The most accomplished sniper in history accumulated 505 confirmed kills over a period of three months. I racked up 518 playing through Sniper Elite 4's single-player campaign mode in a little over 20 hours, most of which was spent hiding. Good times.

I am not normally a stealth gamer. I lack the patience to wait for the guards to turn their backs, the patrol to march out of earshot or the glowing eye to avert its cone of vision. While others enjoy a sense of accomplishment for making it through a game level unseen by enemies, I’d much rather outrun or out-shoot whatever lies between me and my objective.

And yet Sniper Elite 4 is very much a stealth game. This latest installment of Rebellion Developments’ World War II shooter series sees Lieutenant Karl “Sniper Rifle With Legs” Fairburne aiding the Italian resistance against the Fascists in 1943 Italy. Thankfully, Italy had a lot of bushes to hide in back then.

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Depending on how one plays, Sniper Elite 4 can involve a great deal of waiting. The majority of the 20-plus hours I spent working through the game’s eight expansive core campaign levels involved me sitting somewhere just out of sight, waiting for the enemy to get tired of looking for me. The difference, for me, is the payoff.

Some people can’t handle to gore-cam shots. I love the stupid things.

When I duck into some dense foliage to watch for the dots representing enemy soldiers on my mini-map to turn from red (actively hunting) to yellow (cautious), I know that when I’m finally clear to emerge without getting shot to hell, retribution will be swift and satisfying. While they scour my last known position, I’m marking targets, lining up shots or going through my inventory to see what sort of fun explosive things I can lure them into.

The campaign levels are massive, giving players plenty of freedom in how they go about getting things done.

And so I stealth, taking my own sweet time working my way from objective to objective in Sniper Elite 4's spacious campaign maps. I find a nice spot, use my binoculars to mark every target I can see, and then cycle through different means of dispatch. Maybe I’ll just sit in my perch and alternate between sniping and hiding, never giving the enemy time to figure out where the shots are coming from. Or fill an open building with tripwires and mines, using tossed rocks or the sounds of stray gunfire to lure enemies to their doom. Sometimes I’ll just hang out in the bushes, waiting for just the right moment.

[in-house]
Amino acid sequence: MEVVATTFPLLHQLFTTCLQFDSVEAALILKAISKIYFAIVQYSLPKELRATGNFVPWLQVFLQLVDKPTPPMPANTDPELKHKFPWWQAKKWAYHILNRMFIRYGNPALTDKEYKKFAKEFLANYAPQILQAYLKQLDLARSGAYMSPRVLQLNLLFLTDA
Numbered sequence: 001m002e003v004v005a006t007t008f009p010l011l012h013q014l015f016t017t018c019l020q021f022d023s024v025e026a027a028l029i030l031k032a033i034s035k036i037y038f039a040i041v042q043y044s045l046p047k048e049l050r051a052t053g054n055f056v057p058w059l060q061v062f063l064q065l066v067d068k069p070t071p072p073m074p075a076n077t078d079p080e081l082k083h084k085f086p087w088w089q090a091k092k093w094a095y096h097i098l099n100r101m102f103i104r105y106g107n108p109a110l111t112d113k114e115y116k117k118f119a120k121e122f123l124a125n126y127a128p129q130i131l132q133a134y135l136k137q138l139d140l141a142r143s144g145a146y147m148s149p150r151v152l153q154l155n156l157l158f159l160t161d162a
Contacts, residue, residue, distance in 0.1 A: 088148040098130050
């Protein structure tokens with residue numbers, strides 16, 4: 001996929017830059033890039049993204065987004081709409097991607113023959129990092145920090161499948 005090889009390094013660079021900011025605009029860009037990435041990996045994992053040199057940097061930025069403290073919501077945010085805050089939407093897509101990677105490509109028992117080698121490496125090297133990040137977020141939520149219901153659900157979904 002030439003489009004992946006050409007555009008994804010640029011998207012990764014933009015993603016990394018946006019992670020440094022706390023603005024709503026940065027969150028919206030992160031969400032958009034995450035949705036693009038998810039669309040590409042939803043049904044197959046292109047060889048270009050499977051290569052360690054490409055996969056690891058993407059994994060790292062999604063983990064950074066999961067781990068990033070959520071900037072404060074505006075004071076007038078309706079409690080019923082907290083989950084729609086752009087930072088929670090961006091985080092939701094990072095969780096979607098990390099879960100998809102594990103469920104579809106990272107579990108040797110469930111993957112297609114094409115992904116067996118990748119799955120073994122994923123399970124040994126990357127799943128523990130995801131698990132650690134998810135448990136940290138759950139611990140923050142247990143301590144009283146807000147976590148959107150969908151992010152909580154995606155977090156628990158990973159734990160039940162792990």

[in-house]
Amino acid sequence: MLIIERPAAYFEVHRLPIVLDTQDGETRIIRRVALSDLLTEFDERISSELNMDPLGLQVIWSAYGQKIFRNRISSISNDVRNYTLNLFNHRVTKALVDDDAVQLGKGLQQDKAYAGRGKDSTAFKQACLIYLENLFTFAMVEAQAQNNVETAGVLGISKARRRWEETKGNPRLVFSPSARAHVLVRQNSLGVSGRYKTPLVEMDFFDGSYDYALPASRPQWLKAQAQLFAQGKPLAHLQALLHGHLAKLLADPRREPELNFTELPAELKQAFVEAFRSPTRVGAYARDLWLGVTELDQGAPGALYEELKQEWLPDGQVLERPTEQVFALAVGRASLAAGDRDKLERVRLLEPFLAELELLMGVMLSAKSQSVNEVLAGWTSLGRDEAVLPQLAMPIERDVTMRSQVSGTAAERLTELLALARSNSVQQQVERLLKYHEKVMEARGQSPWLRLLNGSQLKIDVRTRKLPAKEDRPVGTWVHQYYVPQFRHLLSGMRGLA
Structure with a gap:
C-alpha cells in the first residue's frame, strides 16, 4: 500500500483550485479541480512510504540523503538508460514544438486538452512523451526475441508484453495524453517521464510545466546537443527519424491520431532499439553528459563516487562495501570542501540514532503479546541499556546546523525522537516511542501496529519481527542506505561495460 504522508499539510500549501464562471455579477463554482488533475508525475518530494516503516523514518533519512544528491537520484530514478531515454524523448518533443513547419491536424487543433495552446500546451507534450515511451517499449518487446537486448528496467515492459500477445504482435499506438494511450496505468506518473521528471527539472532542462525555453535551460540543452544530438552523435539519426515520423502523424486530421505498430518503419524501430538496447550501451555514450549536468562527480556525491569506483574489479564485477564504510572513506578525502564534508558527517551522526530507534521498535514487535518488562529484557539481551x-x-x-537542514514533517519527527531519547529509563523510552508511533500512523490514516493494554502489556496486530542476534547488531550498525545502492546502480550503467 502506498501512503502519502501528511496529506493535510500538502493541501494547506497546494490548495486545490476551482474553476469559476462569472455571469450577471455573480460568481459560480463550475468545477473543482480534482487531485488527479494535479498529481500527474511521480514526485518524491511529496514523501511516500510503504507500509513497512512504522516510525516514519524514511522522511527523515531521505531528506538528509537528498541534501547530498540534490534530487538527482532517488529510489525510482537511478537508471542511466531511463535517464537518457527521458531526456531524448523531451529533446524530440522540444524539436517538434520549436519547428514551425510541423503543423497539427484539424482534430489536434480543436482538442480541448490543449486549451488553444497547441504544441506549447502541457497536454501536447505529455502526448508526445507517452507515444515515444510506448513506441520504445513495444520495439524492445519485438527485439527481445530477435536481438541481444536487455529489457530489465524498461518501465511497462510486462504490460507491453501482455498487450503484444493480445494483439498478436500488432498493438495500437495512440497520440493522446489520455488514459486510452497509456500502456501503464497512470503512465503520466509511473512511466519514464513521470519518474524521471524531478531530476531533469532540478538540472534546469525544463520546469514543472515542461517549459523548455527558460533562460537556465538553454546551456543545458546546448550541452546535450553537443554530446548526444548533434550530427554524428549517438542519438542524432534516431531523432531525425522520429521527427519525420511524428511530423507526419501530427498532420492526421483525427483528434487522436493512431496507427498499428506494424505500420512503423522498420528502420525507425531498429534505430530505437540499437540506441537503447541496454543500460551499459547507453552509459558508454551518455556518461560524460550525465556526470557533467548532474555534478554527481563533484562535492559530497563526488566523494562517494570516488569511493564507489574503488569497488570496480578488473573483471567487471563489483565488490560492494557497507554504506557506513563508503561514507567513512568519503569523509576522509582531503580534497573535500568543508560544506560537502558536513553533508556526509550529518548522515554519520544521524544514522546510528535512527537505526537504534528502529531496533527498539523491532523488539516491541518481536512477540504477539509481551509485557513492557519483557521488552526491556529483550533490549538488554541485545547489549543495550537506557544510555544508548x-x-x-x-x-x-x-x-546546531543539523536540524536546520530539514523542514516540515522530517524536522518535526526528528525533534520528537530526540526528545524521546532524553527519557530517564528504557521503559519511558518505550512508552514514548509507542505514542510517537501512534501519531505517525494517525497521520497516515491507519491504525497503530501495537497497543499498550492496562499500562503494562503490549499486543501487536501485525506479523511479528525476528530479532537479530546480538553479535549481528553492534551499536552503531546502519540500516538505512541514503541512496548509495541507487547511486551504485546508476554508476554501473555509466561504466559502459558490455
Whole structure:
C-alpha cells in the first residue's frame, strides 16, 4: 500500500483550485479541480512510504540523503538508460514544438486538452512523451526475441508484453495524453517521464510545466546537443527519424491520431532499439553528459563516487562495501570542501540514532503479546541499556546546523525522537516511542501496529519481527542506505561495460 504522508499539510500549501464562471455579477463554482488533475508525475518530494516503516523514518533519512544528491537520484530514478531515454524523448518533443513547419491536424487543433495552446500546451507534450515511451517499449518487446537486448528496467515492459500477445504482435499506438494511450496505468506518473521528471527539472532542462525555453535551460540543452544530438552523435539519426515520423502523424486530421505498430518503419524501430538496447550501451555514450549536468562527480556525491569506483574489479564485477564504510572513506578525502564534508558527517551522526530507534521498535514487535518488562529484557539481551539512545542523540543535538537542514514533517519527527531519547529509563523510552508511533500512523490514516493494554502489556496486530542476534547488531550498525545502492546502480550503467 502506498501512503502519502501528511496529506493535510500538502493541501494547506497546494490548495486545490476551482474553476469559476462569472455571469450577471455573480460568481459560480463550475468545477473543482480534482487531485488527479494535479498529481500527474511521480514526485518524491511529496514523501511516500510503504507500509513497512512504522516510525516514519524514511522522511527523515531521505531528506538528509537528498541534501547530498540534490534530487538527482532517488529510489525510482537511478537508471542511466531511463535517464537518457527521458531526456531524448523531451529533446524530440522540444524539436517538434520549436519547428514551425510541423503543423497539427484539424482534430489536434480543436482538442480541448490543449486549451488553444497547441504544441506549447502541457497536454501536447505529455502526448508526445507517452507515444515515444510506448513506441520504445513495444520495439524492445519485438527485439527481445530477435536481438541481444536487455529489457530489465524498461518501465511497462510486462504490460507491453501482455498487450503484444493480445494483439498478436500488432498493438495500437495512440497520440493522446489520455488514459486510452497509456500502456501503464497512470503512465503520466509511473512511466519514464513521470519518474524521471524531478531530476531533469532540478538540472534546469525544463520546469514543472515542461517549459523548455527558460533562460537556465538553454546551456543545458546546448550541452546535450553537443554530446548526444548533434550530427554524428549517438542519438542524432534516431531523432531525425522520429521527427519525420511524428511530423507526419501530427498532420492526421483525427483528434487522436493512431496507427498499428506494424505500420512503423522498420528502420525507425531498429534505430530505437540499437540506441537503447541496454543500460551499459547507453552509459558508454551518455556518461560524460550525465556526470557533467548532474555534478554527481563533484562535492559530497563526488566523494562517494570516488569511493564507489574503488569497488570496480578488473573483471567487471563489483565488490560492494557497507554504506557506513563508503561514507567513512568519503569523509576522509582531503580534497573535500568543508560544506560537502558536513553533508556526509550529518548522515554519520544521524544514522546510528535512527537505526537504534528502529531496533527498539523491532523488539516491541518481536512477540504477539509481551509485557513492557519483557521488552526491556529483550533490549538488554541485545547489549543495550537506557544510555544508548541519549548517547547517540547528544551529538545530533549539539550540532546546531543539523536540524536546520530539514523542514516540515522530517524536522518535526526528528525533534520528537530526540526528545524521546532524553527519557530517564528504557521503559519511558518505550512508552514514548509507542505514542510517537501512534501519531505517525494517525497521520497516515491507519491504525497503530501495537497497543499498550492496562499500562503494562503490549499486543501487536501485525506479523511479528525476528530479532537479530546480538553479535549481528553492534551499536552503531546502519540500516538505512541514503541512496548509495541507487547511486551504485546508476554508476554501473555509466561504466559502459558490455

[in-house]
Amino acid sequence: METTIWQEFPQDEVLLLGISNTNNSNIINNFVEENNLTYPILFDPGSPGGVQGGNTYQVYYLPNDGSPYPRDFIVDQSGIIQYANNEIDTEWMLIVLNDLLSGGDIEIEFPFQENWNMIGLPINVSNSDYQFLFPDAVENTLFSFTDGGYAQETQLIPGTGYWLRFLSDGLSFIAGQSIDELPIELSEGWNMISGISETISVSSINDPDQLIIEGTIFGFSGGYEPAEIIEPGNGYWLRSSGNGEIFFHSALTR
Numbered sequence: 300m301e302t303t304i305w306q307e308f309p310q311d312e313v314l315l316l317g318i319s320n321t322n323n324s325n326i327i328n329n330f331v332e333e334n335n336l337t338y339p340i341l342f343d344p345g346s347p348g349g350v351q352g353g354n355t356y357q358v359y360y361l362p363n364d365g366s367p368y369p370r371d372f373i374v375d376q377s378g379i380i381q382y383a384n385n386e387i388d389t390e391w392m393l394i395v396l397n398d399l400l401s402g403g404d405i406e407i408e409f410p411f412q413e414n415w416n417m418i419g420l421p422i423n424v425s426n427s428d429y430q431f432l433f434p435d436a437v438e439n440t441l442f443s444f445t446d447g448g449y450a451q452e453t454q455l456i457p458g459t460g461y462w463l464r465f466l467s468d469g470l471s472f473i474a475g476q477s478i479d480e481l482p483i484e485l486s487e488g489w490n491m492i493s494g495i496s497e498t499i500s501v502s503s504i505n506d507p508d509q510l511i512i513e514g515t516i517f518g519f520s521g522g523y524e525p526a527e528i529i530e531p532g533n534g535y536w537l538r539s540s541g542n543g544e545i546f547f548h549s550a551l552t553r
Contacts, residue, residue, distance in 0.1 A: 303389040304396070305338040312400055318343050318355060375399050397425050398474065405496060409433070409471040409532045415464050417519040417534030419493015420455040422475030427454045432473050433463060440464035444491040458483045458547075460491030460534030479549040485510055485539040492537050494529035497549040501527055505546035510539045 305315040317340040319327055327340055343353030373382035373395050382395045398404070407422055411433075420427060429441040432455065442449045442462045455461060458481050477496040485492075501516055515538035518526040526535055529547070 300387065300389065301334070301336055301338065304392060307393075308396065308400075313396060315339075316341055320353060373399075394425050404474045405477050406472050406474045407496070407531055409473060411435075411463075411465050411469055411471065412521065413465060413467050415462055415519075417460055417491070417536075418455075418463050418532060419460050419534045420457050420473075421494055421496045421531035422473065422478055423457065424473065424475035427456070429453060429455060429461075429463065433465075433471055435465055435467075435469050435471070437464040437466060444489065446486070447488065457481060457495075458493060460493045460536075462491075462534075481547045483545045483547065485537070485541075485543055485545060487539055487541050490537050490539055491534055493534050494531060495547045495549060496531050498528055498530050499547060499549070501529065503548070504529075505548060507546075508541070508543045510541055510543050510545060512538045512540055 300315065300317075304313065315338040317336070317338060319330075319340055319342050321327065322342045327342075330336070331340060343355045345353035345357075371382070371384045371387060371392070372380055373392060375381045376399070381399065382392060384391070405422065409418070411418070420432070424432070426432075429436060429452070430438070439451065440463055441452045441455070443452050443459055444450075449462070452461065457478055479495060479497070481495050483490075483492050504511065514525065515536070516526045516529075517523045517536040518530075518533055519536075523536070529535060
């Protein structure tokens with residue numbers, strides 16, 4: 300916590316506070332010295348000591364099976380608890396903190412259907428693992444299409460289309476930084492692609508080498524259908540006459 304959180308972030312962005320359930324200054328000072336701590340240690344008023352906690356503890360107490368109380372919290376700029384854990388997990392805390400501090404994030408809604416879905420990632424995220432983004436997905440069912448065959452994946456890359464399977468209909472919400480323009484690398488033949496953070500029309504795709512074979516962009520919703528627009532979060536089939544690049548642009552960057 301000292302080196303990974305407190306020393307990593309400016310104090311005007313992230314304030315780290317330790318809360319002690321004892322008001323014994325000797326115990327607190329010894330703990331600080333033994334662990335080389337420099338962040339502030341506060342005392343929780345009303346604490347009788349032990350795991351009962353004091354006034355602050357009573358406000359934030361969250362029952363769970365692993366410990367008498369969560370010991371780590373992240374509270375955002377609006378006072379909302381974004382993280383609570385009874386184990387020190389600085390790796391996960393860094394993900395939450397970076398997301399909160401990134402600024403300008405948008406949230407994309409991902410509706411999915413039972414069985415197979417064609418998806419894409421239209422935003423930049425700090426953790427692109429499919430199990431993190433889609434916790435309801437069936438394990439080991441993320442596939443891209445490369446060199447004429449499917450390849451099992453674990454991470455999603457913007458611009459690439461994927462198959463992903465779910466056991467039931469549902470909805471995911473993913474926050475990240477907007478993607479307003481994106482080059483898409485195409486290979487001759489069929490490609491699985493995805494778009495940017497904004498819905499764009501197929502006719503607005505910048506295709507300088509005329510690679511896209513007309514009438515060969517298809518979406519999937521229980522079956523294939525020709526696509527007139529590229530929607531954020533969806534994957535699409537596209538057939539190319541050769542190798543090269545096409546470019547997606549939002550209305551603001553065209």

The enemies are slightly smarter in Sniper Elite 4, but they are still at the mercy of game mechanics. It’s neat that enemy squads will now realize when one of their number is missing and go looking for them, but really it’s just another way for the player to manipulate them into dying. They ignore obvious sniper nests in favor of wandering about the area, as if daring the player to shoot them. It’s a good thing shooting them is so much fun.

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Rebellion’s head of creative, Tim Jones, said the studio wanted to make Sniper Elite 4 “a sniper’s paradise,” and they’ve succeeded. The levels have much more verticality to them this time around, and Karl’s new climbing abilities allow him to set himself up some pretty sweet sniper’s nests. There are explosive objects and environmental elements that can be used by the player to mix up their killing style.

Sniper Elite 4 can be very pretty when it wants to.

Those looking for more motivation to mix things up can take on a series of special level challenges for extra rank, such as going though an entire mission without tagging anything. The game’s weapons offer their own challenges, which can be completed to upgrade stats and unlock new skins.

Here’s where I ran to after setting up a series of mines and wire traps and then making as much noise as possible. I will never forget this spot.

There is a story to Sniper Elite 4. It involves Karl working together with the Italian resistance while attempting to stop a Nazi who plans to use special missiles to kill all the people, or something. It’s just difficult to focus on the plot when the couple of minutes of pre-briefing is followed by two or three hours of hide and snipe. The map reminds players of what their objectives are. Documents picked up in the game flesh out characters and situations. Hell, Karl even talks to himself now and then, muttering about the current situation. It’s all drowned out by my need to shoot many people from as far away as possible.

No doubt some people will find sneaking around and killing hundreds of samey bad guys for hour on end tedious. I can see that. There were times while I was playing that I looked out on all the marked targets and felt overwhelmed, especially knowing how long it would take me to pick them off. But then I’d take that first shot, and before I knew it an hour had gone by and I owned that part of the map. Then I’d take a celebratory stroll over to the next place filled with enemies and start all over again.

I can’t speak to players who prefer to run and gun wherever possible, as that was not my style playing through Sniper Elite 4. I am a patient shooter, fully prepared to dig in for as long as it takes to make the next head, heart, lung, gut, eye or testicle shot a horrible surprise. Playing it that way, Sniper Elite 4's campaign is a blast.

I didn’t get to play any multiplayer, as the game hadn’t been released as of this writing and the community wasn’t there yet. Once I’ve gotten some time with cooperative and competitive online sniping, I’ll let you folks know how it turns out.

Sniper Elite 4 arrives on PlayStation 4, PC and Xbox One on February 14.